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Wednesday, May 29, 2024

USA. What connects humans and rattlesnakes? The joy of being around your species

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Rattlesnakes, like humans, like to be around members of their species. Such conclusions were reached by scientists from California’s Loma Linda University. This finding challenges previous views that these snakes are solitary hunters with little social behavior.

Research conducted by PhD student Chelsea Martin, led by Professor William Hayes of Loma Linda University in California, showed that rattlesnakes feel less stress when they are with members of their species than when they are alone. An article on the subject appeared this week in the journal Frontiers in Ethology.

The idea for the study came to Hayes during his time off work. Scientist saves snakes from appearing in Southern California homes. Hayes usually places the captured reptile in a bucket and then releases it back into the wild. During this short journey, the creature usually rattles furiously. The researcher noticed that when two or more snakes were in a bucket, the rattling usually subsided. This typically social behavior intrigued Hayes, so he decided to investigate.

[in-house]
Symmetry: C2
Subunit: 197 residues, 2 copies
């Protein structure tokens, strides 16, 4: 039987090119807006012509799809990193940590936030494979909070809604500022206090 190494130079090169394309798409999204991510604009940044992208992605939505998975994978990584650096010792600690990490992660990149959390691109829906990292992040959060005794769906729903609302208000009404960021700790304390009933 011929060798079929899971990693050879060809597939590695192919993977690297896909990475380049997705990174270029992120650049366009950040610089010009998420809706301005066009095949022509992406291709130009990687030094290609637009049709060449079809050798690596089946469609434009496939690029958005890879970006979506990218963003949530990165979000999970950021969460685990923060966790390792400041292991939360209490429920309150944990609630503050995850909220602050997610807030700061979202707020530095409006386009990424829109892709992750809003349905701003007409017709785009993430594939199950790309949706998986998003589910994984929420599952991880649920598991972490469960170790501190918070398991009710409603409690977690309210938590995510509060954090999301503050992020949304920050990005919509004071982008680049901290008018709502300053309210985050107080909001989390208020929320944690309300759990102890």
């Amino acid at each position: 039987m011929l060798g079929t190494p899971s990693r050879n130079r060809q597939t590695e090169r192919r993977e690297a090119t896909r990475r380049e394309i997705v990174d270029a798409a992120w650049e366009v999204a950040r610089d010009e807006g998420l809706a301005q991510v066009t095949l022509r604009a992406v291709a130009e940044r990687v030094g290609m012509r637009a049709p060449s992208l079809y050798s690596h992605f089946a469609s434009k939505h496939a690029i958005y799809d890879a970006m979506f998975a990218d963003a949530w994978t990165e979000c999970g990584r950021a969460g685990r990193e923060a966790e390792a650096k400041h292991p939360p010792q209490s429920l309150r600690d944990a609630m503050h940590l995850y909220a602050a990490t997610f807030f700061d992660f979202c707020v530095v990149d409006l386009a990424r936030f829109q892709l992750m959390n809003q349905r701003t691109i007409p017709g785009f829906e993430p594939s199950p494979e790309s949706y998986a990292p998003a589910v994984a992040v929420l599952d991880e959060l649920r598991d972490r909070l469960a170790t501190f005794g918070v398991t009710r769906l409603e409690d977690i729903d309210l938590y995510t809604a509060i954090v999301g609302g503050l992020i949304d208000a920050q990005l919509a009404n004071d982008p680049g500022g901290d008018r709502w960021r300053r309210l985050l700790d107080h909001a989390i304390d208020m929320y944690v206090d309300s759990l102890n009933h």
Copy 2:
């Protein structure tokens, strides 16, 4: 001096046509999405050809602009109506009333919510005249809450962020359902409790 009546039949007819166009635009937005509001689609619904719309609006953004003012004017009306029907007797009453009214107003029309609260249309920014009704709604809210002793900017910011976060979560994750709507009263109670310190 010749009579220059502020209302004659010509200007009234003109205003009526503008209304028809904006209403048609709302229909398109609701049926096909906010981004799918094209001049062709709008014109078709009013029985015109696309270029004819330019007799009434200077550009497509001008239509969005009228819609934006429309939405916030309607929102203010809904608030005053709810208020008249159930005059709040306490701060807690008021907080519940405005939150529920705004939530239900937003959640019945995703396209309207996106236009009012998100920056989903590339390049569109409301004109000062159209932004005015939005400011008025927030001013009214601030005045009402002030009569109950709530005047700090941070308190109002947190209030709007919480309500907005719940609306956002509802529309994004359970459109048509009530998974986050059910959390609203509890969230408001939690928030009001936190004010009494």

How was the research?

Chelsea Martin conducted lab research on the species Crotalus helleri. The PhD student monitored the creatures under stressful conditions. The researcher observed that the heart rate of the reptiles was lower when they were together.

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“We just attached electrodes to the snake’s body, placed one above and below the heart, and then further down the body. We used medical tape to attach them to the hoses and were able to detect a pulse. So we decided to use the heart rate as a measure of short-term stress in these animals,” explained Chelsea Martin of Loma Linda University. – Our discovery suggests that we are not so different from snakes. They are doing something that we are also doing.

Crotalus helleri belongs to the subfamily of rattlesnakes (Crotalinae), poisonous snakes from the viper family (Viperidae). These reptiles are found in southwestern California and south to Baja California in Mexico.

RattlesnakeReuters

Main photo source: Reuters



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